TUPELO — When the Good Samaritan Free Clinic opened its doors at 420 Magazine Street in November 1992, it began as a well-researched experiment of sorts. In the summer of 1990, members of First Presbyterian Church began a special mission project to explore the feasibility of a free clinic in Lee County. The focus of the effort was concern for the “working uninsured” — those who are employed and earnestly trying to help themselves and their families, but are living at or below the poverty level and lack health insurance coverage.
Spearheading the effort was Dr. Antone Tannehill, a Tupelo physician who practiced internal medicine and cared deeply about the development of such a facility.
Fast forward to November 2006 and the clinic has proven itself as a major force in improving the health and well-being of working uninsured Lee countians in need of health services. Since its inception, the clinic has served more than 7,165 Lee countians in nearly 41,000 visits.
Annually, more than 400 volunteers including physicians, dentists, nurses, medical technologists, pharmacy technicians and lay staff donate their services. On the anniversary of its opening day, the clinic’s board of directors recently announced that the facility would be renamed the Antone Tannehill Good Samaritan Free Clinic in memory of the physician who passed away earlier this year.
“Few men in their lives accomplish what Dr. Tannehill has done for this community,” said board chairman Dr. Michael O’Dell. “It is a modest recognition of his enormous contributions that we recognize by changing the name of the clinic in his honor.”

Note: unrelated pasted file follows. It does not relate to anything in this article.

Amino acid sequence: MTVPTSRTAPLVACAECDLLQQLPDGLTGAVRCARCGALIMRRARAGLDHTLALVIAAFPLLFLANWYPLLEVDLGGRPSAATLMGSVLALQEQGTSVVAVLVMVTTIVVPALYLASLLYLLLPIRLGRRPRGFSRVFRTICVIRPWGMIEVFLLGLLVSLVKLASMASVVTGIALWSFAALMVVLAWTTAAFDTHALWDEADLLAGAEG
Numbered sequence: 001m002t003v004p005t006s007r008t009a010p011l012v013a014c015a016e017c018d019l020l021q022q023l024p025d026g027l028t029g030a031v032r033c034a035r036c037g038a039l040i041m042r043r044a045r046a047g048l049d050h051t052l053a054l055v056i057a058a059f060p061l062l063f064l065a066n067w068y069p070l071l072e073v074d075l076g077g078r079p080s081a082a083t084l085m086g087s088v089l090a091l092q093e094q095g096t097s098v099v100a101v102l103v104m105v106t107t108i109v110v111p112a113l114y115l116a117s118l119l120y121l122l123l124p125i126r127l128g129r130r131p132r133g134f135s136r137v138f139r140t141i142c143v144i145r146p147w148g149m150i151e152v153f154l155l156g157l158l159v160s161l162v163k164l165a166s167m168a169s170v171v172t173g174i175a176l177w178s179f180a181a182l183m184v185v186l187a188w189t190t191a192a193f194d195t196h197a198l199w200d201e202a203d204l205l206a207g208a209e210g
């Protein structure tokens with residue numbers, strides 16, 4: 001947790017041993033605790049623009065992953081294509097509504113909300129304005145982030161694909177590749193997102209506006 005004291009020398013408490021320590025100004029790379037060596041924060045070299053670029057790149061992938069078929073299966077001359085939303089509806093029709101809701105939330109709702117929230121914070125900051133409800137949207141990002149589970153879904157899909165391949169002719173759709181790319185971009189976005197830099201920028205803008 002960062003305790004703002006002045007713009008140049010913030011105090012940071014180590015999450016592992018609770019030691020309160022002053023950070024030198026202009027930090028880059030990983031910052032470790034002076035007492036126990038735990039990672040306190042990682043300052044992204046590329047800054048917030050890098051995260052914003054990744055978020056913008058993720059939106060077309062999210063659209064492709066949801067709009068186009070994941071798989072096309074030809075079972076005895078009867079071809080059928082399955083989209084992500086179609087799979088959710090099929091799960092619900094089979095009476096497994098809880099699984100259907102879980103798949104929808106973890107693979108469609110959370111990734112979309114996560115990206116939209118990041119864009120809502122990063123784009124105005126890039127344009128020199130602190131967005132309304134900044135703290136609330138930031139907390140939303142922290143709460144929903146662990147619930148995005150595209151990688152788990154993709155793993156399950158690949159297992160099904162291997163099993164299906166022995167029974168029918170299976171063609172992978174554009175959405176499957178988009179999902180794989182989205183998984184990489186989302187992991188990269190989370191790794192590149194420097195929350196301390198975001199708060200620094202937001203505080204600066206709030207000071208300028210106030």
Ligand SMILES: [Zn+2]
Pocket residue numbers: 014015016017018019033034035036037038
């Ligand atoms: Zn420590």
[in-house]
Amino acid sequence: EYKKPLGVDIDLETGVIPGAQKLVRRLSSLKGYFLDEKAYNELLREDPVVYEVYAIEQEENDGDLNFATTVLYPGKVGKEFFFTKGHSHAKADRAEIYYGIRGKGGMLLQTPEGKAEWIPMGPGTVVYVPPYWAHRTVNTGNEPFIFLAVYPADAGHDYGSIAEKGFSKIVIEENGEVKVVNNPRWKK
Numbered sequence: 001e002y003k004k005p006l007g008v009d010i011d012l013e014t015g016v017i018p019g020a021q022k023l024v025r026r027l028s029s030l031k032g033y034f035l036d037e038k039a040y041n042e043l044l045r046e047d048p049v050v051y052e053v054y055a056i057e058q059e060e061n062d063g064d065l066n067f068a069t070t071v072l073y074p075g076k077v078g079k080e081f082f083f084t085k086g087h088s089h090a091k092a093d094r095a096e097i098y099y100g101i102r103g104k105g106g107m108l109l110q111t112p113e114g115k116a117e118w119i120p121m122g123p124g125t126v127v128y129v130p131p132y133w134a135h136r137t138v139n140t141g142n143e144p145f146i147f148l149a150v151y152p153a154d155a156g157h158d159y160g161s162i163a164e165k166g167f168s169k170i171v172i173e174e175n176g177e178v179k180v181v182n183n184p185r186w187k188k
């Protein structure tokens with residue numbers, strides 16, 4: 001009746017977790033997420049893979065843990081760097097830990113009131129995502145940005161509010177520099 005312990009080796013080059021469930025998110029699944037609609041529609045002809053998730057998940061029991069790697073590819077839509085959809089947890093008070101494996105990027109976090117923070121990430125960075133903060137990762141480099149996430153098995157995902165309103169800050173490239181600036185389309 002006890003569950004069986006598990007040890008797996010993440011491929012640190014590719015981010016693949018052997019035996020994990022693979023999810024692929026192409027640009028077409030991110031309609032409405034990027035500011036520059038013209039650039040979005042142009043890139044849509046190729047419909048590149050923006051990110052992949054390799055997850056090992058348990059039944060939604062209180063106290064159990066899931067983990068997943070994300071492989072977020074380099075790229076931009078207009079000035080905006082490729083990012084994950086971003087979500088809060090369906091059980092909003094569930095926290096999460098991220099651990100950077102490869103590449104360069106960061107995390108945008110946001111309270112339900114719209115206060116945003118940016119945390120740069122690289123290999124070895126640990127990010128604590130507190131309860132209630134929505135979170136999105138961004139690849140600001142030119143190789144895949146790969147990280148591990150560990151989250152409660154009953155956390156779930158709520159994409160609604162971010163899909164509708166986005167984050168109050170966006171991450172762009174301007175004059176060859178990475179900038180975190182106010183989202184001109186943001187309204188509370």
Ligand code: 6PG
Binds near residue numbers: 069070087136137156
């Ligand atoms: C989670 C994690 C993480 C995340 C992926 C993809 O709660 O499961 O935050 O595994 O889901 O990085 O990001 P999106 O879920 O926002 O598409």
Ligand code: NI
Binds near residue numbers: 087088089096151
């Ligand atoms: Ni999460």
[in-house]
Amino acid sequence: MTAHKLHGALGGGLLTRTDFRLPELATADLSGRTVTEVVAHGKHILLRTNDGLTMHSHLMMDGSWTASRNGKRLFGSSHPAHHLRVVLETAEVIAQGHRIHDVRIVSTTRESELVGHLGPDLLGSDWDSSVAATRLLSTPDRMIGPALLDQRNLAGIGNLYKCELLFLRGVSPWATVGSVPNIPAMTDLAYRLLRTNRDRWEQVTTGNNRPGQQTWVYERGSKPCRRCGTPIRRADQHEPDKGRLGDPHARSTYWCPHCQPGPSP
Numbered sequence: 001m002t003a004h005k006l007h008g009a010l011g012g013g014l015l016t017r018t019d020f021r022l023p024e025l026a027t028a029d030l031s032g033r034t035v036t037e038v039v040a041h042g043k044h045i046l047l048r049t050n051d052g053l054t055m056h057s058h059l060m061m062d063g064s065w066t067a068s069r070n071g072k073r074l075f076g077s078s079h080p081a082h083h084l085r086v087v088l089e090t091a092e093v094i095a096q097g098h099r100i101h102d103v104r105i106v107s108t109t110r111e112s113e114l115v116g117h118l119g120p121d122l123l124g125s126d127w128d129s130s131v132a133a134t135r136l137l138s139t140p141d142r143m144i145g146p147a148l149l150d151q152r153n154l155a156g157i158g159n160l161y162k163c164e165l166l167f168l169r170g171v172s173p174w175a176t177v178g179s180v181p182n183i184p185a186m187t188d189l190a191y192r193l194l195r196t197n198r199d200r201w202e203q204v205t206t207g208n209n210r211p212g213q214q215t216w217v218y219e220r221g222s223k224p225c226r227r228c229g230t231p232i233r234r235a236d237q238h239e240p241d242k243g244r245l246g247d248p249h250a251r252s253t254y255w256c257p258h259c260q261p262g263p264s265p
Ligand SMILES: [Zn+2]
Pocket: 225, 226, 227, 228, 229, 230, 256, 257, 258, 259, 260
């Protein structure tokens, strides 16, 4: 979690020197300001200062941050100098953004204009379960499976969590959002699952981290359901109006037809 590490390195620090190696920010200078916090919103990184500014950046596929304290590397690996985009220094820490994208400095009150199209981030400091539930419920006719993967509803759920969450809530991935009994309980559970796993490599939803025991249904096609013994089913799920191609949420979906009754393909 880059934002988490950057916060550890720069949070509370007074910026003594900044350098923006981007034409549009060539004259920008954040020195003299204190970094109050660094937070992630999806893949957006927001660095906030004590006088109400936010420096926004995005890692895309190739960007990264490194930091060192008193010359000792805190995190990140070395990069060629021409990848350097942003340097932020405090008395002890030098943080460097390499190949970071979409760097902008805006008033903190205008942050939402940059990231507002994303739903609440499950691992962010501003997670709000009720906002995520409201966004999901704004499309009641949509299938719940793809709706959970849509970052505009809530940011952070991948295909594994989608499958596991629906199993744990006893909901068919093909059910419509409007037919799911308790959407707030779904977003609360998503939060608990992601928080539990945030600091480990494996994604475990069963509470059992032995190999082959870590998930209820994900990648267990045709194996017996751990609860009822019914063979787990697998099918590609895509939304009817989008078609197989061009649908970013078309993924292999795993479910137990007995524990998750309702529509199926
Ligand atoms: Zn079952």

Outgoing board chairman James Threadgill, a BancorpSouth executive, agreed. “I cannot think of a more fitting honor than to name this clinic for the person so instrumental in its establishment. I know I speak for our hundreds of volunteers in saying how satisfying it is to work here at the clinic with so many deserving people.”
To be eligible for clinic services, patients must live in Lee County; be employed or temporarily unemployed, but actively seeking employment; have no health insurance, Medicare, Medicaid, Social Security or VA benefits; and meet clinic income guidelines.
Services provided include diagnosis and treatment of acute and chronic illnesses in adults, diagnosis and treatment of acute dental pain in adults, laboratory testing, pharmaceutical services, patient education, childhood immunizations from birth to 18 years of age and gynecological care.
The clinic administrator, business manager, administrative assistant and pharmacy technician are the only paid staff positions. Licensed doctors, dentists, nurses, pharmacists, medical technologists and other healthcare professionals volunteer without pay.
Dr. Barney Guyton, who serves as the clinic’s medical director, said that naming the facility in honor of Tannehill was a fitting tribute to a person whose diligence enabled the clinic to serve the working uninsured in the community.
“Dr. Tannehill was the consummate family doctor, who literally devoted his entire life to making sure people of all socioeconomic status have adequate medical care,” Guyton said. “One of his greatest thrills in the final years of his practice was to see this come to fruition.”
Contact MBJ contributing writer Karen Kahler Holliday at firstname.lastname@example.org.
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